It was also a time to understand how underdeveloped our idea of Europe here is. We know that we have to live together on this assembly of peninsulas, but when we have to pull in the same direction then that is politically rather difficult.

Finally for two years I worked quite hard contributing to the setting up of the Web Consortium. Even afterwards that took much effort and a lot of my time.

Wikinews: There are some fun anecdotes about the beginning of the World Wide Web. We've just offered you a virtual beer, but the idea of the WWW started with a beer too, in this case with a (real) beer with Tim Berners-Lee, right? And there is a reason that the original WWW-logo is green, right? Why is it not called world-wide web, with a hyphen? Are there other anecdotes you want to share with our readers?

Robert Cailliau: The list is without end.

At the second conference, held by NCSA in Chicago, someone asked if it was not better to use the web for conferences instead of travelling to far places. Implusively I answered, in front of 1500 programmers in the audience, that there was no such thing as a virtual beer and therefore we preferred to meet in the flesh. That was 1994.

In 1990, months before there was a shred of code, Tim and I wanted to find a good name for the project. Sometimes, after a hard day's work in warm offices we drank a beer on the CERN cafeteria terrace before going home. On one such occasion Tim came up with "World-Wide Web". I would have preferred something shorter, but to find a catching name is not easy. I agreed to use WWW for the new document that was to go to management and "find a better name later". WWW stayed: it summarised well what it was.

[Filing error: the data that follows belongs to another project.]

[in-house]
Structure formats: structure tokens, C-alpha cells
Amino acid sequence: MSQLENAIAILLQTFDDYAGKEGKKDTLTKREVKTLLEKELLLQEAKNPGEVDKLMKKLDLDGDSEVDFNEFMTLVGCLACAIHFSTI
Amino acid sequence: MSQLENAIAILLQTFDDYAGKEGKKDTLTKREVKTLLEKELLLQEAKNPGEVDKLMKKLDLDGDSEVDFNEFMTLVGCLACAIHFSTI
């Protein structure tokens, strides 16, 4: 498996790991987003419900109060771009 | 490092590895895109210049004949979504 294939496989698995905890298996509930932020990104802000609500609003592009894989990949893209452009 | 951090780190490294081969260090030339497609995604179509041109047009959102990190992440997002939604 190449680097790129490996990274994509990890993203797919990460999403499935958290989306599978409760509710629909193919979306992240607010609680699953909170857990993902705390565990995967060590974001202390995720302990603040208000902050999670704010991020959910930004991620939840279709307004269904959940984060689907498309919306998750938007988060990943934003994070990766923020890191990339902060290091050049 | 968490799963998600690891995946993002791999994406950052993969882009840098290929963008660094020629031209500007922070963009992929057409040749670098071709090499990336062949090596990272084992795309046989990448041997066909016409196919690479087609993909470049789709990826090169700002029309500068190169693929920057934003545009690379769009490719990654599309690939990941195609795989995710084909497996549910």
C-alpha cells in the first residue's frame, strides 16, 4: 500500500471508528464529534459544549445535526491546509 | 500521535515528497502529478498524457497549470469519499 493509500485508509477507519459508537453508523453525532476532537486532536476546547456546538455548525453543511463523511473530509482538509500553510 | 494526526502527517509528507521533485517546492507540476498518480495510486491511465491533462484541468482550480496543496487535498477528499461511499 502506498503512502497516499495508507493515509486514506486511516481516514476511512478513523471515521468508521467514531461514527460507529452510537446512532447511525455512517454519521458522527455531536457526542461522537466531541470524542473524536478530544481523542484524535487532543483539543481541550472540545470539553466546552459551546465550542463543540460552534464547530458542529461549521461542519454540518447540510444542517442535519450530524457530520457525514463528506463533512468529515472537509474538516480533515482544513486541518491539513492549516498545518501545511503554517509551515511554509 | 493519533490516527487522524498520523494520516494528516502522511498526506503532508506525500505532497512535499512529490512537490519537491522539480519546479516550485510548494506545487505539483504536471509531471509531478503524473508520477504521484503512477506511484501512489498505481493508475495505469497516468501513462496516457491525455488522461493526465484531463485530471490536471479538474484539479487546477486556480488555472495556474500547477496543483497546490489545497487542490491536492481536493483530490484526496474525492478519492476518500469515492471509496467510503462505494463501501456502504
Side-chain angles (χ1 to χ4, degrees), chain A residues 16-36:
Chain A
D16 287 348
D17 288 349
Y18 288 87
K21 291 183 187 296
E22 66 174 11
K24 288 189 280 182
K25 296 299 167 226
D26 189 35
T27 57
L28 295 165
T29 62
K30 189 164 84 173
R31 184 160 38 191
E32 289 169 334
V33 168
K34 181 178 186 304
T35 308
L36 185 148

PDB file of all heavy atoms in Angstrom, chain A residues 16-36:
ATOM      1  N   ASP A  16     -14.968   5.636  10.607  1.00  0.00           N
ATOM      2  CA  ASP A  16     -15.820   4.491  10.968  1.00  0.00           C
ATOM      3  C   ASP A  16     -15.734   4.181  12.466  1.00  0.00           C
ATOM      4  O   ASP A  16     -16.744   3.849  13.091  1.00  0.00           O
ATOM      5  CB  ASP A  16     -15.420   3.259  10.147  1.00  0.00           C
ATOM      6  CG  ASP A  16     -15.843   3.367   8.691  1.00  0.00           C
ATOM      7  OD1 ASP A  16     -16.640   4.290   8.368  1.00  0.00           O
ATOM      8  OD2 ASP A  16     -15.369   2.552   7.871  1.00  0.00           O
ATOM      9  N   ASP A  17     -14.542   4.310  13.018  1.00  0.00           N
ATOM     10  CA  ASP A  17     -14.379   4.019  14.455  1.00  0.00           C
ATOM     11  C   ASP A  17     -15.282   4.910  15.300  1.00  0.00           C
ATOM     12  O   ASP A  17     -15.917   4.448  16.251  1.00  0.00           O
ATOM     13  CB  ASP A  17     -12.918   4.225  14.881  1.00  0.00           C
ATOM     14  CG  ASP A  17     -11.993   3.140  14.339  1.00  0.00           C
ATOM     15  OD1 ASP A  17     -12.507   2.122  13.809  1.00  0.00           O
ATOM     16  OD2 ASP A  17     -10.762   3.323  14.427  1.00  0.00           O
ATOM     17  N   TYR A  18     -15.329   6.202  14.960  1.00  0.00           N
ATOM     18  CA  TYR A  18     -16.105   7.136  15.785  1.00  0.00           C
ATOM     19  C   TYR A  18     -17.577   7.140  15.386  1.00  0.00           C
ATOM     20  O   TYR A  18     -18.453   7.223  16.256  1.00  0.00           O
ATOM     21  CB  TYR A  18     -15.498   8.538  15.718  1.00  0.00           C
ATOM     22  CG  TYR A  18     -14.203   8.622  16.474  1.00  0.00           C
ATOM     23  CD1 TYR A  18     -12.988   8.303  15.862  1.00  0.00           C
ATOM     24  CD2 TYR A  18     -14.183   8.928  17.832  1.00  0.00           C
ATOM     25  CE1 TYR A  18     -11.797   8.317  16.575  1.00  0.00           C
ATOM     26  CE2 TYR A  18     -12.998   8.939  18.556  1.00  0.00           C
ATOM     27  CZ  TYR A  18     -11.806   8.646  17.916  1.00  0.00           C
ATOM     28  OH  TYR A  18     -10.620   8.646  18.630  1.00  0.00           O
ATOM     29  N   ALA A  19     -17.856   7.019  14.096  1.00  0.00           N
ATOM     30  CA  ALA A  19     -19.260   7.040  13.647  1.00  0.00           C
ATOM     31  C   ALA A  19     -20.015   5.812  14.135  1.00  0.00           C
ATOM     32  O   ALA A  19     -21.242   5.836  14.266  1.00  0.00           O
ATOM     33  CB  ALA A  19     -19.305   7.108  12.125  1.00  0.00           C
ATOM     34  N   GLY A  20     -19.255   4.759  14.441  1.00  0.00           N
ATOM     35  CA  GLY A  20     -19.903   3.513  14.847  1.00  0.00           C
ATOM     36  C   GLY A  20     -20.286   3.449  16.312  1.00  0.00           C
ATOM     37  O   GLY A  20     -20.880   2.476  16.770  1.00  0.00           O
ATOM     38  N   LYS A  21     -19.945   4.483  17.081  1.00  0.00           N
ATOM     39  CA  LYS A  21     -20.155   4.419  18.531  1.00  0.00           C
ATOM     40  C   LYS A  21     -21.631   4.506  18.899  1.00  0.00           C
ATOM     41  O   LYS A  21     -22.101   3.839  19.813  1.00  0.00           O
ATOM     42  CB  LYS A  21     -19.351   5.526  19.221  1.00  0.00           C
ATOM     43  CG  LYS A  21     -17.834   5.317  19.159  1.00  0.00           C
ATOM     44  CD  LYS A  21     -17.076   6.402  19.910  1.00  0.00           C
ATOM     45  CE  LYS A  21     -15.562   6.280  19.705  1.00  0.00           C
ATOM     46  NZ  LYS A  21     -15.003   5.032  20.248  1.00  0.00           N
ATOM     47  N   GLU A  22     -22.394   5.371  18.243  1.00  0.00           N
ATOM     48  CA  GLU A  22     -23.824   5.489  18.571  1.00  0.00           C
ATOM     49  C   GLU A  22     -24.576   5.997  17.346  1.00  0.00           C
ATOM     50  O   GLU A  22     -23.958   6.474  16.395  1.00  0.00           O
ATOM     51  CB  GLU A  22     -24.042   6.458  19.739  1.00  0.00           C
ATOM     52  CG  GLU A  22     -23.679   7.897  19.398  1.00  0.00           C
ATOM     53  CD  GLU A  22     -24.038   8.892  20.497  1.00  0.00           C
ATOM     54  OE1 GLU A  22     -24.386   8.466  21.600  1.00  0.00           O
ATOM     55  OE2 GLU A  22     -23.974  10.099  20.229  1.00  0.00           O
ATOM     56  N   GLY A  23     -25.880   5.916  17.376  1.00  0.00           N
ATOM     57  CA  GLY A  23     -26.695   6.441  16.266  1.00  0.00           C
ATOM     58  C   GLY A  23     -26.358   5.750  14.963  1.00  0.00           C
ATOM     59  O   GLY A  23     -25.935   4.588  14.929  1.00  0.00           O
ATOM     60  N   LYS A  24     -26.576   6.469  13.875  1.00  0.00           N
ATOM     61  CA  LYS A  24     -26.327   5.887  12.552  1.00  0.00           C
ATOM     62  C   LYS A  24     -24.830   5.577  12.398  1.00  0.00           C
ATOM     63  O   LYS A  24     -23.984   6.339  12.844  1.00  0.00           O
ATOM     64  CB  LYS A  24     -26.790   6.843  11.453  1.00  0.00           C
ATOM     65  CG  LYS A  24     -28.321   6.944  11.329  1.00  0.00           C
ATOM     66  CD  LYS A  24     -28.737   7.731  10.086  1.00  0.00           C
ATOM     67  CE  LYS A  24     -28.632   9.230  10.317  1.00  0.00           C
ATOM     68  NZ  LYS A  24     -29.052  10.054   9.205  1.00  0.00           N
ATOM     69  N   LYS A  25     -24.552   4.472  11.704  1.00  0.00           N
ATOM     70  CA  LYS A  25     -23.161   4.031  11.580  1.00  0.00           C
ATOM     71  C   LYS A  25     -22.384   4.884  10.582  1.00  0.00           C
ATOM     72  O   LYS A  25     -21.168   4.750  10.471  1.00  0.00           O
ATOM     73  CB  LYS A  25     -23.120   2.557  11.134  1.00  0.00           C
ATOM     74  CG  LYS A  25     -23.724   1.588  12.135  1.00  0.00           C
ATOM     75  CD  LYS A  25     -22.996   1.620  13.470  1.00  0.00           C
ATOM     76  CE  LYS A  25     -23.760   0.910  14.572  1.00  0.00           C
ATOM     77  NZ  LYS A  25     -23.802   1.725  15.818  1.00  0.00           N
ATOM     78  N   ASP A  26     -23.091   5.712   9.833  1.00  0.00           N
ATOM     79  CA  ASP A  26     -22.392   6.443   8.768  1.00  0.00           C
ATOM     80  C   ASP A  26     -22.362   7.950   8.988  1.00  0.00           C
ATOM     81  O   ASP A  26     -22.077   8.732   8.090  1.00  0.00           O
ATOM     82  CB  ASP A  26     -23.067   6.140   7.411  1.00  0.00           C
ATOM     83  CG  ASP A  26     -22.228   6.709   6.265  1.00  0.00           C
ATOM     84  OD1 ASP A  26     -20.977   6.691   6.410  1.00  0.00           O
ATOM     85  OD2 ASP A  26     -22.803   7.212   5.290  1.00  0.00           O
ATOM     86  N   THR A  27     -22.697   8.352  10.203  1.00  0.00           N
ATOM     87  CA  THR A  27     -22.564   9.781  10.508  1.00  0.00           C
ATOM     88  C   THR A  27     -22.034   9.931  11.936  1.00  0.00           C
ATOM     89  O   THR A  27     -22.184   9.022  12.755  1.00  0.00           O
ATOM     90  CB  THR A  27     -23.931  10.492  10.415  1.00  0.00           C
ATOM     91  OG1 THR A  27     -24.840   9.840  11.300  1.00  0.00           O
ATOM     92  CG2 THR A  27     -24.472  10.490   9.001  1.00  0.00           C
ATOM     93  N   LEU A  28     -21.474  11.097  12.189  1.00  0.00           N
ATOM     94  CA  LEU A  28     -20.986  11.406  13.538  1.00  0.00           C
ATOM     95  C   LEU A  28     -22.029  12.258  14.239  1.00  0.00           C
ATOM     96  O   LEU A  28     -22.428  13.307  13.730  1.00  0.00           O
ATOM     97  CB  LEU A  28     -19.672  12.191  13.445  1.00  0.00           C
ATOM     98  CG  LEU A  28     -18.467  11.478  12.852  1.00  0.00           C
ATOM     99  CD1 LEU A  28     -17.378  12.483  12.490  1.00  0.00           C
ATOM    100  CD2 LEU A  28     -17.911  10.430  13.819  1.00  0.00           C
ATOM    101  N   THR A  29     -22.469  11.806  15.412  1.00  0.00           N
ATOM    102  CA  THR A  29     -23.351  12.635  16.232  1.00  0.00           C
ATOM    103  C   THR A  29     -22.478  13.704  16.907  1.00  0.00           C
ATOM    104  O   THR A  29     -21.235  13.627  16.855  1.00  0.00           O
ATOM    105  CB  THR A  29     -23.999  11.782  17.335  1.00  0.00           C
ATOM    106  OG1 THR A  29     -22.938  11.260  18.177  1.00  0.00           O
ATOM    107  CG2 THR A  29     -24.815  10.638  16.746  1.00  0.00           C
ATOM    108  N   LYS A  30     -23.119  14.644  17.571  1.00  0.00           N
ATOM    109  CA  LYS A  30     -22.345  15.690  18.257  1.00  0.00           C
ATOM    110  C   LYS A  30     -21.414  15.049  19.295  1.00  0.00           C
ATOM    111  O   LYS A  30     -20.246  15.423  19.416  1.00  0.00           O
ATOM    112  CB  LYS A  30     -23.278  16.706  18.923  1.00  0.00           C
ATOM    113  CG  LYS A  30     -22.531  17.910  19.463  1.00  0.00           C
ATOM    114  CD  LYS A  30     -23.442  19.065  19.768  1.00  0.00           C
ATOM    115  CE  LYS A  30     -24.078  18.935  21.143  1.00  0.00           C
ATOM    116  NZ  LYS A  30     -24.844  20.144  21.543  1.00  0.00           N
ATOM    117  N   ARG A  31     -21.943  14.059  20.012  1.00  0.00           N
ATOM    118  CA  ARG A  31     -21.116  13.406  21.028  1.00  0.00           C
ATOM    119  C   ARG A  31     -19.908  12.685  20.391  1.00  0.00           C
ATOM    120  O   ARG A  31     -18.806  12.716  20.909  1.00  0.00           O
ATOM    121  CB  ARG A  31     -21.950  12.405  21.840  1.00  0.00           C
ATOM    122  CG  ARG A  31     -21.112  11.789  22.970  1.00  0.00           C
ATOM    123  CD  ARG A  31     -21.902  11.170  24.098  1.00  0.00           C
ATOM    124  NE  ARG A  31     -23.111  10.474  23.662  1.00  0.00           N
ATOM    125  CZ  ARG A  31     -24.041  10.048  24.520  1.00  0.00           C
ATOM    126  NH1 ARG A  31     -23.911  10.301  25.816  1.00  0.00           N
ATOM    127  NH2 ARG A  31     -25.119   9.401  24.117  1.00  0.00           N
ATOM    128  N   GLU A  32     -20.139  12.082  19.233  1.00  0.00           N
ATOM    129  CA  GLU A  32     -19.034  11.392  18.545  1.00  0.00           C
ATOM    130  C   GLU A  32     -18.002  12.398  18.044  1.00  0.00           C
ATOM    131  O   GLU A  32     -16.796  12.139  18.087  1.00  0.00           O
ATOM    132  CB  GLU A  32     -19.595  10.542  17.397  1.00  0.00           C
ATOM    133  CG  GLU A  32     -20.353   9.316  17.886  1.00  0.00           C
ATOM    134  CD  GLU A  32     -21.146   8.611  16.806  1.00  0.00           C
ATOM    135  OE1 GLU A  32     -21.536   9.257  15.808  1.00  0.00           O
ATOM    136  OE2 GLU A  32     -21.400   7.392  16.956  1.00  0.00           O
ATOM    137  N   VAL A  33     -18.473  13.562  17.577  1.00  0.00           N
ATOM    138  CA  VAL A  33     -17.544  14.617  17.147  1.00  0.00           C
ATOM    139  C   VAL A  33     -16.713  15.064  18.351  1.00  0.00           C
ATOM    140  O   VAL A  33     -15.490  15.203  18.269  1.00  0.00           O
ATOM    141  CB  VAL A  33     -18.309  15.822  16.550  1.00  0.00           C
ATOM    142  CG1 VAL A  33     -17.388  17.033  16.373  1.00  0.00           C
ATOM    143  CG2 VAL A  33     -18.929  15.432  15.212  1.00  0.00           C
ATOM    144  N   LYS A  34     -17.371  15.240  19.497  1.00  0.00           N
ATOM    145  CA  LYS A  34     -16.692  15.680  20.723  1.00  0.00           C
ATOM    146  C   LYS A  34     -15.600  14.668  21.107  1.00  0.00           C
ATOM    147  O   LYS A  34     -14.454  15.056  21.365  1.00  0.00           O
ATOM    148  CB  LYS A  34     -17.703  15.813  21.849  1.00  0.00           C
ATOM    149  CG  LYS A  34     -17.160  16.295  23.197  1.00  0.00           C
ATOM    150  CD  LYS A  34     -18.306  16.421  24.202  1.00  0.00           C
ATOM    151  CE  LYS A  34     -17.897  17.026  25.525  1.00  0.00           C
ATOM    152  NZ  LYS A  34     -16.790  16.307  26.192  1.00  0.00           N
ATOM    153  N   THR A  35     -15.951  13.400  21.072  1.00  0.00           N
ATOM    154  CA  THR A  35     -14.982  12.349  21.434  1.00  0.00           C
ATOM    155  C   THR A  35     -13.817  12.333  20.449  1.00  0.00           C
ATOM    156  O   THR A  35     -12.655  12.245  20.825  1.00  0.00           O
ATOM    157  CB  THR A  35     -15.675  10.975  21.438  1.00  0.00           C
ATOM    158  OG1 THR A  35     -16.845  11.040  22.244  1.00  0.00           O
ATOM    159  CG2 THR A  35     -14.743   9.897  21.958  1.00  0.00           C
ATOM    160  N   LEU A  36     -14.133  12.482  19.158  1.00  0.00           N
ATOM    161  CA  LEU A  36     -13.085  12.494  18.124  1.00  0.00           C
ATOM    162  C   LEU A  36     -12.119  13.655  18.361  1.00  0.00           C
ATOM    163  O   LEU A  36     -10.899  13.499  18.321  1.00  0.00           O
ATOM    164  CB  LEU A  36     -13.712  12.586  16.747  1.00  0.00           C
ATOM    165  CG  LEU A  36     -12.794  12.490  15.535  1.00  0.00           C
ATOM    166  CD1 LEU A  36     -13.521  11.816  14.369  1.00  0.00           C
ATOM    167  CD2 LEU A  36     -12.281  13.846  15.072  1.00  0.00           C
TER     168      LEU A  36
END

Because I'm a synaesthete I see characters in colours and I perceive a W as green. I liked that. So it remained WWW. And there was indeed a logo that we used a lot in the beginning. It was made from three Ws: white, light green and darker green.

Close-up of a pin handed out at the first conference

And yes, the hyphen was there for a long time too. But it confused people who were not so grammatical, and Tim finally cut the knot by stating that he had the right to decide how it was written since he had invented it: without the hyphen.

Some anecdotes were less funny: at one time I could have made Alexander Totic of NCSA come to CERN to join us. That was almost arranged when it appeared that Alex had a Serbian passport and CERN at the time did not admit Serbs.

The most recent and very positive anecdote is from October 2006: I gave the opening keynote at an Australian conference on e-learning and the internet in education. I started out by saying I knew nothing about education but would give my keynote anyway. In a later talk Jean Johnson presented NotSchool ( and mentioned that the project "Web for Schools" of the European Commission had been very important for her work.

Later I asked her whether she meant the project that ended in a conference in Dublin in 1995. She said yes and asked if I had been there. I then had to admit that I had started that project myself and addressed the audience at the closing session of the Dublin conference and therefore maybe I did know a little about internet in education. It was heartwarming to know that even smaller initiatives had been quite important.